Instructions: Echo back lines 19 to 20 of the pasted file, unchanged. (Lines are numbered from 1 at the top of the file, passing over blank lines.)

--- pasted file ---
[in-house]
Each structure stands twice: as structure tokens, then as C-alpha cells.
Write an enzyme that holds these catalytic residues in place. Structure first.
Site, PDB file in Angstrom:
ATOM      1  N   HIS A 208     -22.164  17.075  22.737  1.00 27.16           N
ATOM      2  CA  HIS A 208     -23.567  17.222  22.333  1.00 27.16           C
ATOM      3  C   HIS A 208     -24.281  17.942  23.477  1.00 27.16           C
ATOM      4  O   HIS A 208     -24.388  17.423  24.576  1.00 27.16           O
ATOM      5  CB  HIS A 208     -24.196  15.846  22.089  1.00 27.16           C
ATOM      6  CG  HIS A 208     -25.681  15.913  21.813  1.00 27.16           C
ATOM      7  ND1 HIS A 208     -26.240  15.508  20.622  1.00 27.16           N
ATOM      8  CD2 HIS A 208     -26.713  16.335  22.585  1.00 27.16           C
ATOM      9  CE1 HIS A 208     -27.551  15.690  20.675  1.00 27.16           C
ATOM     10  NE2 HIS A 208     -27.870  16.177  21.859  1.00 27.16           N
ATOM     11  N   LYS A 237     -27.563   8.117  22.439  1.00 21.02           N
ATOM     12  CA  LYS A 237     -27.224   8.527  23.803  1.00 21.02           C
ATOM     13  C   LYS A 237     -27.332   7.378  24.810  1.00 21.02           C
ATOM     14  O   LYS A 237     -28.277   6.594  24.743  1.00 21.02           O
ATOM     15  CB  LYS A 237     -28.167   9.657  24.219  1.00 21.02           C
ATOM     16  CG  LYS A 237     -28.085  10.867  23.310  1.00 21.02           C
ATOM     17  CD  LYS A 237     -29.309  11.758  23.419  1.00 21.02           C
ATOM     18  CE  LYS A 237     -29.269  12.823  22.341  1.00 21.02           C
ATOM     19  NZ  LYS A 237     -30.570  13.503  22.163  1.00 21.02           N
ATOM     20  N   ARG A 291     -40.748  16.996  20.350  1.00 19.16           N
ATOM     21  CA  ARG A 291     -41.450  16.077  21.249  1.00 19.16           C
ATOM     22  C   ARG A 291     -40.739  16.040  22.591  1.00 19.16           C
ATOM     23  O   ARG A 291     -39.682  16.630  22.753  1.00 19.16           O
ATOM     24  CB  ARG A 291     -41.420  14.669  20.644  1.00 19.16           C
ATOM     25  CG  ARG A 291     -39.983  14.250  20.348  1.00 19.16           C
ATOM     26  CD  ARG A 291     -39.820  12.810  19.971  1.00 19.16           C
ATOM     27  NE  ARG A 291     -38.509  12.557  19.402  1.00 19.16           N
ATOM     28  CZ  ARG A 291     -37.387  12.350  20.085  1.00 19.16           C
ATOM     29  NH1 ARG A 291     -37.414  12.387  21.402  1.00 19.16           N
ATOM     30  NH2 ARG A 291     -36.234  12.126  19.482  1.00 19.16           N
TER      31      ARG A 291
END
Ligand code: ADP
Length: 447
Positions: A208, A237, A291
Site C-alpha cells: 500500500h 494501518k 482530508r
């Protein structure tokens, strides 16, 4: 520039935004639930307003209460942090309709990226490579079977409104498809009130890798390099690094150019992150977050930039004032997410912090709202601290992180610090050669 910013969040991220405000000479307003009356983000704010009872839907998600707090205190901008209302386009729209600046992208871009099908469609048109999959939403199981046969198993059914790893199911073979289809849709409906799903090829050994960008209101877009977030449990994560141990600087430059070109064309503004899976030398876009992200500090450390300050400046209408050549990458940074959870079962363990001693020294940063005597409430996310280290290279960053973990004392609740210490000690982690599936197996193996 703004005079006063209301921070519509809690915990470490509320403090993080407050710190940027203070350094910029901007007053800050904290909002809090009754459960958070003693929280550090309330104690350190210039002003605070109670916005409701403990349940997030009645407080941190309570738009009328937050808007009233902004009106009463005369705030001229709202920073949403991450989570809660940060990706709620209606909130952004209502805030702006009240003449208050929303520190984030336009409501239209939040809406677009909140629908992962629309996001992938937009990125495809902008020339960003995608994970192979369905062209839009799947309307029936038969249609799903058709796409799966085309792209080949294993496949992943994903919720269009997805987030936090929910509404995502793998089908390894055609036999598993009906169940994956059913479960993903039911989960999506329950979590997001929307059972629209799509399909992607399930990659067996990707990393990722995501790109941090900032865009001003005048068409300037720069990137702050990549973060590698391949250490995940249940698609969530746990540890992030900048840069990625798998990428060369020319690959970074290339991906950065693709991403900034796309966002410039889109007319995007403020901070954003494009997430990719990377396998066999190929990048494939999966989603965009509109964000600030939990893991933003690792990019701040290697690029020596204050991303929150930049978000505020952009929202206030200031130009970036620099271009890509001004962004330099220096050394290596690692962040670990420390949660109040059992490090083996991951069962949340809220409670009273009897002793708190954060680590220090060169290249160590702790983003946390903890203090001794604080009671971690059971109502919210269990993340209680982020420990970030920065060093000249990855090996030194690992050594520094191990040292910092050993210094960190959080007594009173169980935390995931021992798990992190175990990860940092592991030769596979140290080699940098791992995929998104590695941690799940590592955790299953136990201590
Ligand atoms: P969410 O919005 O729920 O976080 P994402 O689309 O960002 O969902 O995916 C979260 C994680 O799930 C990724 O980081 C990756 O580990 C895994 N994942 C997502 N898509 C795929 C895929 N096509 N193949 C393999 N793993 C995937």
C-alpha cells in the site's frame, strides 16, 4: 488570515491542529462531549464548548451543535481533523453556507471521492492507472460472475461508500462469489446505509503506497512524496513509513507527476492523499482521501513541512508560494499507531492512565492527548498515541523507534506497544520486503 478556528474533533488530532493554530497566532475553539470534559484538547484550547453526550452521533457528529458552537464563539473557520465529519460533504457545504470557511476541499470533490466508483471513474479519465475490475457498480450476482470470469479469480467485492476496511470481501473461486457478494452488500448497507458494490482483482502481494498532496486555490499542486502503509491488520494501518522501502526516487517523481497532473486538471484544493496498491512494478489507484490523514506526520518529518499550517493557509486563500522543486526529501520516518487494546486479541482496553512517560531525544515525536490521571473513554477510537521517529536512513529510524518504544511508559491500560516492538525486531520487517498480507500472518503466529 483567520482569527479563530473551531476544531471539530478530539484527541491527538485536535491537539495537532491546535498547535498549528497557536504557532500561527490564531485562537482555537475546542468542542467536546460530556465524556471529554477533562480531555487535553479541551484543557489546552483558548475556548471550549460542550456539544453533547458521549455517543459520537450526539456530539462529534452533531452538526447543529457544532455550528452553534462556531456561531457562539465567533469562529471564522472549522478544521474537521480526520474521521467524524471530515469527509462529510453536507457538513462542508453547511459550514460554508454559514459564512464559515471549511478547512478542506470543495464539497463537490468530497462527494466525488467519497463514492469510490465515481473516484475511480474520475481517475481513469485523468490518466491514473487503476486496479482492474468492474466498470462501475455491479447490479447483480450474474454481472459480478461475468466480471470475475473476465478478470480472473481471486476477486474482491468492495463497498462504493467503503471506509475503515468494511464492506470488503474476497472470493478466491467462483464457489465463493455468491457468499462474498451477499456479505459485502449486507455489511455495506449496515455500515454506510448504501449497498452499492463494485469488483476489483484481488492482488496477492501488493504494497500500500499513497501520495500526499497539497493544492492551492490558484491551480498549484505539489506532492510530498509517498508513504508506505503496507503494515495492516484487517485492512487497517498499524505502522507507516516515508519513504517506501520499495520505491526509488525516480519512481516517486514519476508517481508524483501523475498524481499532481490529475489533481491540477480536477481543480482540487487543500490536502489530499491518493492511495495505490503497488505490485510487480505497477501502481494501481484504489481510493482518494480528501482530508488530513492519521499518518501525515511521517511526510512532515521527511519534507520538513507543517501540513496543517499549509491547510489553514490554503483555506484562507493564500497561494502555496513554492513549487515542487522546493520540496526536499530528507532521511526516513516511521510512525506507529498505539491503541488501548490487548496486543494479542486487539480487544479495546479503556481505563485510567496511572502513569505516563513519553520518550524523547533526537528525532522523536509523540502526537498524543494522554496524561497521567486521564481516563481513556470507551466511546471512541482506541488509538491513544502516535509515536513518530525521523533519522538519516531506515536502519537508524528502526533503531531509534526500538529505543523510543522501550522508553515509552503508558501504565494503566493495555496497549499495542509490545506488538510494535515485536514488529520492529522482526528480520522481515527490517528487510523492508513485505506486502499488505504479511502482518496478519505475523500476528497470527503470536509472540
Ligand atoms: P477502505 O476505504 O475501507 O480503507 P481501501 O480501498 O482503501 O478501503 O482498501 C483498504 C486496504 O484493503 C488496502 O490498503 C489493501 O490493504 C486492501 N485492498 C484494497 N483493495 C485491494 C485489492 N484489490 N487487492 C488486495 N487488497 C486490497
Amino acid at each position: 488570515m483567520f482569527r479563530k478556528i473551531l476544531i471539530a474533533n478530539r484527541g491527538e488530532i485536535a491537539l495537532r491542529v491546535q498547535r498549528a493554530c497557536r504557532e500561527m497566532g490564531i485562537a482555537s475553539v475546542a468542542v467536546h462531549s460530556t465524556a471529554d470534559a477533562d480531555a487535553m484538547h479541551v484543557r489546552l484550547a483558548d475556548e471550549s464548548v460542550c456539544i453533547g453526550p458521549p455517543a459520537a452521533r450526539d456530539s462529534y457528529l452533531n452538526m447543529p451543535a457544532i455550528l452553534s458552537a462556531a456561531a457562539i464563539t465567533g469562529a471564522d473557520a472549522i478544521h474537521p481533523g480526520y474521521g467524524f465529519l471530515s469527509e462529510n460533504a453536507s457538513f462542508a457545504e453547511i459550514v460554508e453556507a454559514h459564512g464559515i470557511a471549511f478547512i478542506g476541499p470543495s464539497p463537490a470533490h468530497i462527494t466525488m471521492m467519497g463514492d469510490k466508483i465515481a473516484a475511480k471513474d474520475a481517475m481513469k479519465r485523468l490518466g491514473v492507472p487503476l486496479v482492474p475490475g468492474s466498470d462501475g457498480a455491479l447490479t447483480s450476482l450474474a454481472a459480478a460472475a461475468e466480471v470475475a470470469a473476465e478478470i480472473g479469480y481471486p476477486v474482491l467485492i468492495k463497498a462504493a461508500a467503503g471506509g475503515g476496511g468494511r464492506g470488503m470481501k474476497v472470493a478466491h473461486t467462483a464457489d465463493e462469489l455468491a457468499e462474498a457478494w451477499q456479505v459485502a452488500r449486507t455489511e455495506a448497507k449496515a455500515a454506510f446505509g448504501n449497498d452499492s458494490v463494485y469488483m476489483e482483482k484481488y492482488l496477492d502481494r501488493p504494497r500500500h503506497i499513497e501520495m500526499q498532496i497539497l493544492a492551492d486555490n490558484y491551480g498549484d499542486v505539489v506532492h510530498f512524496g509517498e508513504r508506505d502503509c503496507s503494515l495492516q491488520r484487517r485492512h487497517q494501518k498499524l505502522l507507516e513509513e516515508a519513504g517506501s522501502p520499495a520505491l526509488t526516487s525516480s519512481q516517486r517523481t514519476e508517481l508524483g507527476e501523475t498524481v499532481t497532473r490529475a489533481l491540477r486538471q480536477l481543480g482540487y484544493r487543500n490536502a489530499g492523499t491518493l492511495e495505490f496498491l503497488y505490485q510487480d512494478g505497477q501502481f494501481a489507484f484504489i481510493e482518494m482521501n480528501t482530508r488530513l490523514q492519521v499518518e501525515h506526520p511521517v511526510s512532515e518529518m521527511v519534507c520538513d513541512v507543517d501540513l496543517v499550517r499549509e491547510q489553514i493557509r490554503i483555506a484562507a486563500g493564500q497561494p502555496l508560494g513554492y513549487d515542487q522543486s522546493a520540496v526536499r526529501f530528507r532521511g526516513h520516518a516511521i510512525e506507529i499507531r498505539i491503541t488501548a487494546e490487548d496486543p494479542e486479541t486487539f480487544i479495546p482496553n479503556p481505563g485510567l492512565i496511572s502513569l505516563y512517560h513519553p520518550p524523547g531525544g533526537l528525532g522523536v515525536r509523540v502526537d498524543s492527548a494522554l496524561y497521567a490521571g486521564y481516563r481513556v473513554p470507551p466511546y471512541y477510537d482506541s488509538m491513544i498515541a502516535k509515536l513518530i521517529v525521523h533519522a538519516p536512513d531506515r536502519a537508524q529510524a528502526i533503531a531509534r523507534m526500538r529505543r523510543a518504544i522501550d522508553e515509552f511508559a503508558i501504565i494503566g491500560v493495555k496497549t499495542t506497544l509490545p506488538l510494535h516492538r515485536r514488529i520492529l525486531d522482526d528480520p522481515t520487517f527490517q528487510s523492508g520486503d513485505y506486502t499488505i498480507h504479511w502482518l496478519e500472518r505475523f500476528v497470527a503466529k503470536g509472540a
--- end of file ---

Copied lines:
ATOM     15  CB  LYS A 237     -28.167   9.657  24.219  1.00 21.02           C
ATOM     16  CG  LYS A 237     -28.085  10.867  23.310  1.00 21.02           C